Commercialism, Holism, and Individual Responsibility; Comment on “Buying Health: The Costs of Commercialism and an Alternative Philosophy”

Document Type : Commentary


LEFO, Institute for Studies of the Medical Profession, Oslo, Norway


Churchill and Churchill’s editorial discusses negative (health) effects of commercialism in the provision of health care and nutrition. Three parts of their argument are commented: the claim that the fundamental problem of markets is the decomposition of the whole into parts (“reductionism”); the call for individual responsibility; and the notion of holism. On the three aspects the commentary concludes thus: Because provision of health and food must be controlled and managed in some form, an alternative to some kind of decomposition is hard to see. The call for individual responsibility is controversial due to its lack of attention to socioeconomic inequalities. The concept of “holism” is problematic due to its epistemological and normative status.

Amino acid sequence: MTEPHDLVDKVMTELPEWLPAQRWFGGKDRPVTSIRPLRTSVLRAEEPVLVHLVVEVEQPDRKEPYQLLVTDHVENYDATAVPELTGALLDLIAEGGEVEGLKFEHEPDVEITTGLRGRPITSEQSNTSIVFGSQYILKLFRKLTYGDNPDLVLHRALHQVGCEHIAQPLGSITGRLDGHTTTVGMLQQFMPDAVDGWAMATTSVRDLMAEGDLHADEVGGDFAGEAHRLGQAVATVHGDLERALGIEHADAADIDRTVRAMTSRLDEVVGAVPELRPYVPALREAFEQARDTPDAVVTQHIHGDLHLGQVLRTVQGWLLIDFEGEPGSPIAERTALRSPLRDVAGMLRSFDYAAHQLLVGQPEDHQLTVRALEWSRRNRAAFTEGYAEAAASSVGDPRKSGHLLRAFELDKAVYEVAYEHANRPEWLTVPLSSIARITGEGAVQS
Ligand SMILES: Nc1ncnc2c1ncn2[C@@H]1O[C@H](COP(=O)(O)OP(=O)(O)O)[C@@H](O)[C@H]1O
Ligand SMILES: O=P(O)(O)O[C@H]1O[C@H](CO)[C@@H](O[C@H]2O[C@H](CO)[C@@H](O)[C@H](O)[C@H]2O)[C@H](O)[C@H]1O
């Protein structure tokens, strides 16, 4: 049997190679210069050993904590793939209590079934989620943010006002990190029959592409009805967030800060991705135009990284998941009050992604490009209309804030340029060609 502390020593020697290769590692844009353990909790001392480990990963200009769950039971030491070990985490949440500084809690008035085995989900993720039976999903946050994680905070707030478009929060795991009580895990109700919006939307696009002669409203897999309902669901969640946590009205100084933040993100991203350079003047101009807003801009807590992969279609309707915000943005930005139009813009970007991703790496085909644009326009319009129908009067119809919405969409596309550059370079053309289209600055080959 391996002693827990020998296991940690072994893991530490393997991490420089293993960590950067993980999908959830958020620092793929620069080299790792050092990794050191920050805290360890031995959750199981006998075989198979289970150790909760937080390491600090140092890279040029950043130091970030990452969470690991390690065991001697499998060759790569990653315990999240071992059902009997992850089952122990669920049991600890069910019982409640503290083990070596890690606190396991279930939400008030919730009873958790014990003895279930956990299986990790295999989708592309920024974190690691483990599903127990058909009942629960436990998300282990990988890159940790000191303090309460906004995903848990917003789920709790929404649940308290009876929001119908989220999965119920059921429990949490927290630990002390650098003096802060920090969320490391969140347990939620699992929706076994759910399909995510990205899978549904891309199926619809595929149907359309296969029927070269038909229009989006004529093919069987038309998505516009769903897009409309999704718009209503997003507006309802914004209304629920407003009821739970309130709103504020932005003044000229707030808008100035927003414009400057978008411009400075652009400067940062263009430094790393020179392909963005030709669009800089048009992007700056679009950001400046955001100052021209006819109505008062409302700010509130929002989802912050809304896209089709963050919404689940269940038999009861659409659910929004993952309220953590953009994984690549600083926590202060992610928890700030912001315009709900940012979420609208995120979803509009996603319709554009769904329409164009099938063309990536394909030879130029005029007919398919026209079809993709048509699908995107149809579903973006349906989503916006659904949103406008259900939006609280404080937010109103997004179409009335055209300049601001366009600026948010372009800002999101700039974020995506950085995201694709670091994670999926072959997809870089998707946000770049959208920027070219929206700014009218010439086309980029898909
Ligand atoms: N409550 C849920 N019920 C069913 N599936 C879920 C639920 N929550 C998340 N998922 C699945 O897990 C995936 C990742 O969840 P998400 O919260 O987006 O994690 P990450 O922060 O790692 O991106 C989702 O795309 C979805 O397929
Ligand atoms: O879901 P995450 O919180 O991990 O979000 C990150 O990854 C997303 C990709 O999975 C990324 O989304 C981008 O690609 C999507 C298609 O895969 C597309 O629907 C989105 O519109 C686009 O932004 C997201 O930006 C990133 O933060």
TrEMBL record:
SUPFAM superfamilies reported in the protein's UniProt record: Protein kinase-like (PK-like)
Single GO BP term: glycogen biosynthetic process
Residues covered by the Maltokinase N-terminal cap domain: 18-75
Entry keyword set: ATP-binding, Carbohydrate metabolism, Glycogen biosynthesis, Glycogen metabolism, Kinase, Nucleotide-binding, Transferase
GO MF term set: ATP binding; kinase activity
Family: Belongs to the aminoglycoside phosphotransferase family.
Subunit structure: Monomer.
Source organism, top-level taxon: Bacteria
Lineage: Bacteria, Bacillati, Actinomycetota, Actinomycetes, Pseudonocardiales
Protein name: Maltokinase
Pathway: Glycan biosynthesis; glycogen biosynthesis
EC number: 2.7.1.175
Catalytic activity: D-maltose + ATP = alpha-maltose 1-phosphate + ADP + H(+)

Main Subjects

1. Churchill LR, Churchill SC. Buying health: the costs of commercialism and an alternative philosophy. International Journal of Health Policy and Management 2013; 1: 91–3. doi: 10.15171/ijhpm.2013.14
2. Smith A. The wealth of nations. Punta Gorda: Bottom of the Hill Publishing; 2010
3. Wilkinson RG, Marmot MG. Social determinants of health: the solid facts. Geneva: WHO; 2003.
4. Marmot M. WHO European review of social determinants of health and the health divide. Lancet 2012; 380: 1011–29. doi: 10.1016/s0140-6736(12)61228-8